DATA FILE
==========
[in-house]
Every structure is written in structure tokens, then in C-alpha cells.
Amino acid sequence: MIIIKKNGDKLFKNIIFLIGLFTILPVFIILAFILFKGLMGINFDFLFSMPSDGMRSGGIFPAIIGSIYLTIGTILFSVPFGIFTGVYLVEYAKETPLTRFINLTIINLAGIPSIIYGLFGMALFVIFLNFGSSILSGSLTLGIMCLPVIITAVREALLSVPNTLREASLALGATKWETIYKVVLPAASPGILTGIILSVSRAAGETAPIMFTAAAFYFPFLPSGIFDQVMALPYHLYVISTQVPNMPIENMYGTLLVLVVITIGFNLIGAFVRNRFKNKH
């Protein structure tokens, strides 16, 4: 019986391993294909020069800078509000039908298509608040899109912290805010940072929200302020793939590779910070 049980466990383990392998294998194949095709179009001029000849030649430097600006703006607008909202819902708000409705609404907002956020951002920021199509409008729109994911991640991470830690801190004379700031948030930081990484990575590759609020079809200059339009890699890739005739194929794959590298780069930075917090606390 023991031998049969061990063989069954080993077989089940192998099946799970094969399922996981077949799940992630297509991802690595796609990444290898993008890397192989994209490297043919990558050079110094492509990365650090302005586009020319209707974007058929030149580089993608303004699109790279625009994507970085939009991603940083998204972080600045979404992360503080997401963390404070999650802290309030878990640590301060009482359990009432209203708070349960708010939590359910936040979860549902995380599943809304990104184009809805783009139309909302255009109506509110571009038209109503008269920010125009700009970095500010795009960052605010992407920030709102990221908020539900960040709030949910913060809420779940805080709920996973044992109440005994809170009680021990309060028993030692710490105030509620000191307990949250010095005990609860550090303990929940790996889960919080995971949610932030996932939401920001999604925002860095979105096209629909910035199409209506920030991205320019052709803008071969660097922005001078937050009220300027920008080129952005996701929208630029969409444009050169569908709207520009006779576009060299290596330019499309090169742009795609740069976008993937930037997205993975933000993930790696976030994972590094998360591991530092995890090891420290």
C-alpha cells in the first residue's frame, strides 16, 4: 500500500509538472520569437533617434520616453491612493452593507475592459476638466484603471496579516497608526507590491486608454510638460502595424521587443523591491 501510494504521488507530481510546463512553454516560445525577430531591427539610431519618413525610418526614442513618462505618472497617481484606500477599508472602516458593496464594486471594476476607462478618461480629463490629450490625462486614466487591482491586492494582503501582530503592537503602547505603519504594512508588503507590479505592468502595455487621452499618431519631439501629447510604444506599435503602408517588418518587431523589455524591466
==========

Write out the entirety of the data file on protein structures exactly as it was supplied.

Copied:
[in-house]
Every structure is written in structure tokens, then in C-alpha cells.
Amino acid sequence: MIIIKKNGDKLFKNIIFLIGLFTILPVFIILAFILFKGLMGINFDFLFSMPSDGMRSGGIFPAIIGSIYLTIGTILFSVPFGIFTGVYLVEYAKETPLTRFINLTIINLAGIPSIIYGLFGMALFVIFLNFGSSILSGSLTLGIMCLPVIITAVREALLSVPNTLREASLALGATKWETIYKVVLPAASPGILTGIILSVSRAAGETAPIMFTAAAFYFPFLPSGIFDQVMALPYHLYVISTQVPNMPIENMYGTLLVLVVITIGFNLIGAFVRNRFKNKH
């Protein structure tokens, strides 16, 4: 019986391993294909020069800078509000039908298509608040899109912290805010940072929200302020793939590779910070 049980466990383990392998294998194949095709179009001029000849030649430097600006703006607008909202819902708000409705609404907002956020951002920021199509409008729109994911991640991470830690801190004379700031948030930081990484990575590759609020079809200059339009890699890739005739194929794959590298780069930075917090606390 023991031998049969061990063989069954080993077989089940192998099946799970094969399922996981077949799940992630297509991802690595796609990444290898993008890397192989994209490297043919990558050079110094492509990365650090302005586009020319209707974007058929030149580089993608303004699109790279625009994507970085939009991603940083998204972080600045979404992360503080997401963390404070999650802290309030878990640590301060009482359990009432209203708070349960708010939590359910936040979860549902995380599943809304990104184009809805783009139309909302255009109506509110571009038209109503008269920010125009700009970095500010795009960052605010992407920030709102990221908020539900960040709030949910913060809420779940805080709920996973044992109440005994809170009680021990309060028993030692710490105030509620000191307990949250010095005990609860550090303990929940790996889960919080995971949610932030996932939401920001999604925002860095979105096209629909910035199409209506920030991205320019052709803008071969660097922005001078937050009220300027920008080129952005996701929208630029969409444009050169569908709207520009006779576009060299290596330019499309090169742009795609740069976008993937930037997205993975933000993930790696976030994972590094998360591991530092995890090891420290």
C-alpha cells in the first residue's frame, strides 16, 4: 500500500509538472520569437533617434520616453491612493452593507475592459476638466484603471496579516497608526507590491486608454510638460502595424521587443523591491 501510494504521488507530481510546463512553454516560445525577430531591427539610431519618413525610418526614442513618462505618472497617481484606500477599508472602516458593496464594486471594476476607462478618461480629463490629450490625462486614466487591482491586492494582503501582530503592537503602547505603519504594512508588503507590479505592468502595455487621452499618431519631439501629447510604444506599435503602408517588418518587431523589455524591466